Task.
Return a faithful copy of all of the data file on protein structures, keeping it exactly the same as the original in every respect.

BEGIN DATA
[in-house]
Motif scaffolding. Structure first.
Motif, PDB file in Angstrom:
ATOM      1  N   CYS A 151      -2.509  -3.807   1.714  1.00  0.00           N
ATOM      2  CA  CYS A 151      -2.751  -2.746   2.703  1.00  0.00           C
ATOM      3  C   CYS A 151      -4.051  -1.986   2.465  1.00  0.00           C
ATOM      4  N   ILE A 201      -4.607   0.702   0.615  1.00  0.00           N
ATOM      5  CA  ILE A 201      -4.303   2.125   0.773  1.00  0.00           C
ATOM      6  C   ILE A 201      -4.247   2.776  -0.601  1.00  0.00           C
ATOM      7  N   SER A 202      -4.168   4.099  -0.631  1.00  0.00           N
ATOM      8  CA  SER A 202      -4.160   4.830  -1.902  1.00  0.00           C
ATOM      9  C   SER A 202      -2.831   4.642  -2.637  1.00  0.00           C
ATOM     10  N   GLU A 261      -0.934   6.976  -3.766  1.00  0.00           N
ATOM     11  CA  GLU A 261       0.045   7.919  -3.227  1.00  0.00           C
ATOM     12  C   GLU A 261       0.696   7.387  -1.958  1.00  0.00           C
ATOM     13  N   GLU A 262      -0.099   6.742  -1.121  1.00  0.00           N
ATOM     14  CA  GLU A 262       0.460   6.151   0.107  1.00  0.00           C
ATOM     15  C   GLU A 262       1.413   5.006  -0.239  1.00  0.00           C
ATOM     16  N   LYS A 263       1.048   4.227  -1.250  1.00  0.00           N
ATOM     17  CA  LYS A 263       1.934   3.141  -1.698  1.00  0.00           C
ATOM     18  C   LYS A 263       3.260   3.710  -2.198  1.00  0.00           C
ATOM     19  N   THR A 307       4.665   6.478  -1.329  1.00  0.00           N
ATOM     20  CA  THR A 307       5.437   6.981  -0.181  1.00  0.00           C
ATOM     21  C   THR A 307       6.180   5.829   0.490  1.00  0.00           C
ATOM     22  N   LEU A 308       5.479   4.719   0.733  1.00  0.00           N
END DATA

[in-house]
Motif scaffolding. Structure first.
Motif, PDB file in Angstrom:
ATOM      1  N   CYS A 151      -2.509  -3.807   1.714  1.00  0.00           N
ATOM      2  CA  CYS A 151      -2.751  -2.746   2.703  1.00  0.00           C
ATOM      3  C   CYS A 151      -4.051  -1.986   2.465  1.00  0.00           C
ATOM      4  N   ILE A 201      -4.607   0.702   0.615  1.00  0.00           N
ATOM      5  CA  ILE A 201      -4.303   2.125   0.773  1.00  0.00           C
ATOM      6  C   ILE A 201      -4.247   2.776  -0.601  1.00  0.00           C
ATOM      7  N   SER A 202      -4.168   4.099  -0.631  1.00  0.00           N
ATOM      8  CA  SER A 202      -4.160   4.830  -1.902  1.00  0.00           C
ATOM      9  C   SER A 202      -2.831   4.642  -2.637  1.00  0.00           C
ATOM     10  N   GLU A 261      -0.934   6.976  -3.766  1.00  0.00           N
ATOM     11  CA  GLU A 261       0.045   7.919  -3.227  1.00  0.00           C
ATOM     12  C   GLU A 261       0.696   7.387  -1.958  1.00  0.00           C
ATOM     13  N   GLU A 262      -0.099   6.742  -1.121  1.00  0.00           N
ATOM     14  CA  GLU A 262       0.460   6.151   0.107  1.00  0.00           C
ATOM     15  C   GLU A 262       1.413   5.006  -0.239  1.00  0.00           C
ATOM     16  N   LYS A 263       1.048   4.227  -1.250  1.00  0.00           N
ATOM     17  CA  LYS A 263       1.934   3.141  -1.698  1.00  0.00           C
ATOM     18  C   LYS A 263       3.260   3.710  -2.198  1.00  0.00           C
ATOM     19  N   THR A 307       4.665   6.478  -1.329  1.00  0.00           N
ATOM     20  CA  THR A 307       5.437   6.981  -0.181  1.00  0.00           C
ATOM     21  C   THR A 307       6.180   5.829   0.490  1.00  0.00           C
ATOM     22  N   LEU A 308       5.479   4.719   0.733  1.00  0.00           N